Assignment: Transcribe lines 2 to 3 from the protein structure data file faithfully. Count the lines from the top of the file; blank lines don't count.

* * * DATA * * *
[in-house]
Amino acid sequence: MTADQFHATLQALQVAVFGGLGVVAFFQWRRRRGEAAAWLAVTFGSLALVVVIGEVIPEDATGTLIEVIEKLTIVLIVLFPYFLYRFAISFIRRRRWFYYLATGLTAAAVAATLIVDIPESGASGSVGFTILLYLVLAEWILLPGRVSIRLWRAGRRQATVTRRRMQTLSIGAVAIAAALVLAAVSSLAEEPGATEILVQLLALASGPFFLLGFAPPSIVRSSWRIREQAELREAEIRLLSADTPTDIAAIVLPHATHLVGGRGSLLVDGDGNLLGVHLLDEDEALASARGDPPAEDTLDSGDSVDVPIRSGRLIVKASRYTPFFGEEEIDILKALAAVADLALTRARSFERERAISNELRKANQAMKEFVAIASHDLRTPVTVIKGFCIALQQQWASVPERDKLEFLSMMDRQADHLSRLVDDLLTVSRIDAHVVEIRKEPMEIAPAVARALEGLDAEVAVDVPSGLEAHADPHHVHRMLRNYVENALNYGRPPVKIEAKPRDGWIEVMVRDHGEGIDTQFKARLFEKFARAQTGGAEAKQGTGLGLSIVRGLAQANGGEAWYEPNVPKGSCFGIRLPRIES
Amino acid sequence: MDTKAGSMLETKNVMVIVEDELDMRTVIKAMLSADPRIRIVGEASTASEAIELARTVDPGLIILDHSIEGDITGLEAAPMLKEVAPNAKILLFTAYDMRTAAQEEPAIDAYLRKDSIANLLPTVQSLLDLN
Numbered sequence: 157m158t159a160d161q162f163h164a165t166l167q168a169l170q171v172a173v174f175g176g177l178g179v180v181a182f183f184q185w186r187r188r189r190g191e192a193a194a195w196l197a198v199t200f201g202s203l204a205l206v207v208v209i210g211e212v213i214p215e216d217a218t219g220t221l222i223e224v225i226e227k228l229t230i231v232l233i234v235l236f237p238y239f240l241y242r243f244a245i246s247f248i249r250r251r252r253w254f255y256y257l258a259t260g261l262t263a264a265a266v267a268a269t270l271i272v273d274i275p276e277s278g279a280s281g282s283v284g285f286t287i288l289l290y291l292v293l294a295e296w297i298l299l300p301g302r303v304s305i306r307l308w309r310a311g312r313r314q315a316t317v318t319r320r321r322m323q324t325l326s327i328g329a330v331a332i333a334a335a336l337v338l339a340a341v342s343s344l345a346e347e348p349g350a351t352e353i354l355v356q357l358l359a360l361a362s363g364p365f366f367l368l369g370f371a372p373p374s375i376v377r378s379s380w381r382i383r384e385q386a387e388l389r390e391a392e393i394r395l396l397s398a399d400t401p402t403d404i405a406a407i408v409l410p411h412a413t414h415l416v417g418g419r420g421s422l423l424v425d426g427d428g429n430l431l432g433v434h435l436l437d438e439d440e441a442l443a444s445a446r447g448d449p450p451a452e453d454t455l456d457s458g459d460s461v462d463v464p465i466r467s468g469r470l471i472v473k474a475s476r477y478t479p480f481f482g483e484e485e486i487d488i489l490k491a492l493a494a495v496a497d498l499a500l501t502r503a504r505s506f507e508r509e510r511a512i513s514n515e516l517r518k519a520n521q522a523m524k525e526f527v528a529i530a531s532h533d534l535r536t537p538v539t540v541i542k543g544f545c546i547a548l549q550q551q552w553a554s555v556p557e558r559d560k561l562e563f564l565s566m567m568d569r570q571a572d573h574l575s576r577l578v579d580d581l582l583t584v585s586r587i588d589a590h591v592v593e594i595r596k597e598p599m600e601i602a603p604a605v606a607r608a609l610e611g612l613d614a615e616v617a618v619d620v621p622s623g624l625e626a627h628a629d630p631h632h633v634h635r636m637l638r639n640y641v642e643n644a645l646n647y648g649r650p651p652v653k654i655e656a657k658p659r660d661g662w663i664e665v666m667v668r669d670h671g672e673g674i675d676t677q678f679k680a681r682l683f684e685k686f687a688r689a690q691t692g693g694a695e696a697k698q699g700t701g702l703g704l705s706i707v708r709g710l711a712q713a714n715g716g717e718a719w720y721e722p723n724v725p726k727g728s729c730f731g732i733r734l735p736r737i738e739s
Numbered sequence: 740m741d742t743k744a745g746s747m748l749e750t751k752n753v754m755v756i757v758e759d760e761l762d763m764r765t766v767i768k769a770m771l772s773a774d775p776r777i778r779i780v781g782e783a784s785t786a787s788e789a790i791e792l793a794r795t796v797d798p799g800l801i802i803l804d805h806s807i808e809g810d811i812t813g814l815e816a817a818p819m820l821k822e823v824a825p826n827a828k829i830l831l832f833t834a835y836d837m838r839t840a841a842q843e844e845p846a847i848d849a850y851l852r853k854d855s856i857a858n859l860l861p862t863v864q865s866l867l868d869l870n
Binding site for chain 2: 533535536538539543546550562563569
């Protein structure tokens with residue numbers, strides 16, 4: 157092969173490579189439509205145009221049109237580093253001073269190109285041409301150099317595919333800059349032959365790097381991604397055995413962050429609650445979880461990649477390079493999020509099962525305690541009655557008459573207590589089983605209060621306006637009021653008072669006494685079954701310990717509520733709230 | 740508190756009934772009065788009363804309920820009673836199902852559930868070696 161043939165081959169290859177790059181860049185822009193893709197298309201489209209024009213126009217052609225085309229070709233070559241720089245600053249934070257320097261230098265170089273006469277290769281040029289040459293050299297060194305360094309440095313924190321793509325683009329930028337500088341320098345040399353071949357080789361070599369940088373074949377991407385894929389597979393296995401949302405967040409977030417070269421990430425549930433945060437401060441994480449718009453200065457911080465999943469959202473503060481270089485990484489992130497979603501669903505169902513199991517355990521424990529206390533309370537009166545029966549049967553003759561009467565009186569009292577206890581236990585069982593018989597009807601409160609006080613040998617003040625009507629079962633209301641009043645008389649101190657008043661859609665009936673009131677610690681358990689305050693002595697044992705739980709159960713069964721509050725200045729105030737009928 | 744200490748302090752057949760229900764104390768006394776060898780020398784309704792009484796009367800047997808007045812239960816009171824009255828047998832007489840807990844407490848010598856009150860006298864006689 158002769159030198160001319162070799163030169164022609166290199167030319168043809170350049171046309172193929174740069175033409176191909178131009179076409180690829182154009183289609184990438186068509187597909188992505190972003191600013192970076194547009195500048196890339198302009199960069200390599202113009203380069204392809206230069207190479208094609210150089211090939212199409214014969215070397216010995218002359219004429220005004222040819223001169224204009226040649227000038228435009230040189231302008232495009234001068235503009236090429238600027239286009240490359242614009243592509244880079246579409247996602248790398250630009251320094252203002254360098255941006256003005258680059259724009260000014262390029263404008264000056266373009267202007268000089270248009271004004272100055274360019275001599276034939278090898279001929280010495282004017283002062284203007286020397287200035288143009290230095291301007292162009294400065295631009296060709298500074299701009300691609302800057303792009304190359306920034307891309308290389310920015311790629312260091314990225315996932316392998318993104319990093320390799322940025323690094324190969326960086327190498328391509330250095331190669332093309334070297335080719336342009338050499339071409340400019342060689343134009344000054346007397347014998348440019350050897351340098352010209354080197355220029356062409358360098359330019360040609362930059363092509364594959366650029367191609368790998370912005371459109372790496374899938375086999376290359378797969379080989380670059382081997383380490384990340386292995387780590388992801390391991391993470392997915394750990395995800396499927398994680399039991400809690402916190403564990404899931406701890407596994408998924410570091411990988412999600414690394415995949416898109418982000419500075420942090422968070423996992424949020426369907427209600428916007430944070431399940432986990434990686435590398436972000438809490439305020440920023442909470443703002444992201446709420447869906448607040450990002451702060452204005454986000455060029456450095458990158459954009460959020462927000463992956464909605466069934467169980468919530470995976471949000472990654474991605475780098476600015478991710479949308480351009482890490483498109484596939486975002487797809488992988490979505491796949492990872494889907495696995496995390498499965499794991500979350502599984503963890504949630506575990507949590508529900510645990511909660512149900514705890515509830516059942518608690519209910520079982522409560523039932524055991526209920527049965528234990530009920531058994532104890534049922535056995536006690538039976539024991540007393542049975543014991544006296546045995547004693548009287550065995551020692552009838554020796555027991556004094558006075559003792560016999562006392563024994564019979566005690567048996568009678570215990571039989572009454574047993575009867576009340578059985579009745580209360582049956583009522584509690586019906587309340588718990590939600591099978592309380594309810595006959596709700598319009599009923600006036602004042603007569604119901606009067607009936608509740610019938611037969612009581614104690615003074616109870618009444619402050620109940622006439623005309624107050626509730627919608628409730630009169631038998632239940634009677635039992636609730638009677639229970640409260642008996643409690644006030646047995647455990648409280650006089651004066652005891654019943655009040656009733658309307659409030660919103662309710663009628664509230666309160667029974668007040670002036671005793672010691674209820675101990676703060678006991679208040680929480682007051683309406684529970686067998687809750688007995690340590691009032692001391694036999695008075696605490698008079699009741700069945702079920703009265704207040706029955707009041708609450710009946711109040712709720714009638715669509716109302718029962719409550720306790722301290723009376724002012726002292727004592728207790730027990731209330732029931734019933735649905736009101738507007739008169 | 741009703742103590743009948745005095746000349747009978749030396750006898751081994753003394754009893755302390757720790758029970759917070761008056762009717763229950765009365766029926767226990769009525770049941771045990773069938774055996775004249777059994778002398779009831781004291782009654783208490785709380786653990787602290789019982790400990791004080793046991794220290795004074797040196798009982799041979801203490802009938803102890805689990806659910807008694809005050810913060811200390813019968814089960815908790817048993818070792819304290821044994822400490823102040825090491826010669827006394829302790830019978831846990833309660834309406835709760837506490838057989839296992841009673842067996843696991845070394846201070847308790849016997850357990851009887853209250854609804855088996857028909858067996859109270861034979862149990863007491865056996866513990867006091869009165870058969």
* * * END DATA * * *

Amino acid sequence: MTADQFHATLQALQVAVFGGLGVVAFFQWRRRRGEAAAWLAVTFGSLALVVVIGEVIPEDATGTLIEVIEKLTIVLIVLFPYFLYRFAISFIRRRRWFYYLATGLTAAAVAATLIVDIPESGASGSVGFTILLYLVLAEWILLPGRVSIRLWRAGRRQATVTRRRMQTLSIGAVAIAAALVLAAVSSLAEEPGATEILVQLLALASGPFFLLGFAPPSIVRSSWRIREQAELREAEIRLLSADTPTDIAAIVLPHATHLVGGRGSLLVDGDGNLLGVHLLDEDEALASARGDPPAEDTLDSGDSVDVPIRSGRLIVKASRYTPFFGEEEIDILKALAAVADLALTRARSFERERAISNELRKANQAMKEFVAIASHDLRTPVTVIKGFCIALQQQWASVPERDKLEFLSMMDRQADHLSRLVDDLLTVSRIDAHVVEIRKEPMEIAPAVARALEGLDAEVAVDVPSGLEAHADPHHVHRMLRNYVENALNYGRPPVKIEAKPRDGWIEVMVRDHGEGIDTQFKARLFEKFARAQTGGAEAKQGTGLGLSIVRGLAQANGGEAWYEPNVPKGSCFGIRLPRIES
Amino acid sequence: MDTKAGSMLETKNVMVIVEDELDMRTVIKAMLSADPRIRIVGEASTASEAIELARTVDPGLIILDHSIEGDITGLEAAPMLKEVAPNAKILLFTAYDMRTAAQEEPAIDAYLRKDSIANLLPTVQSLLDLN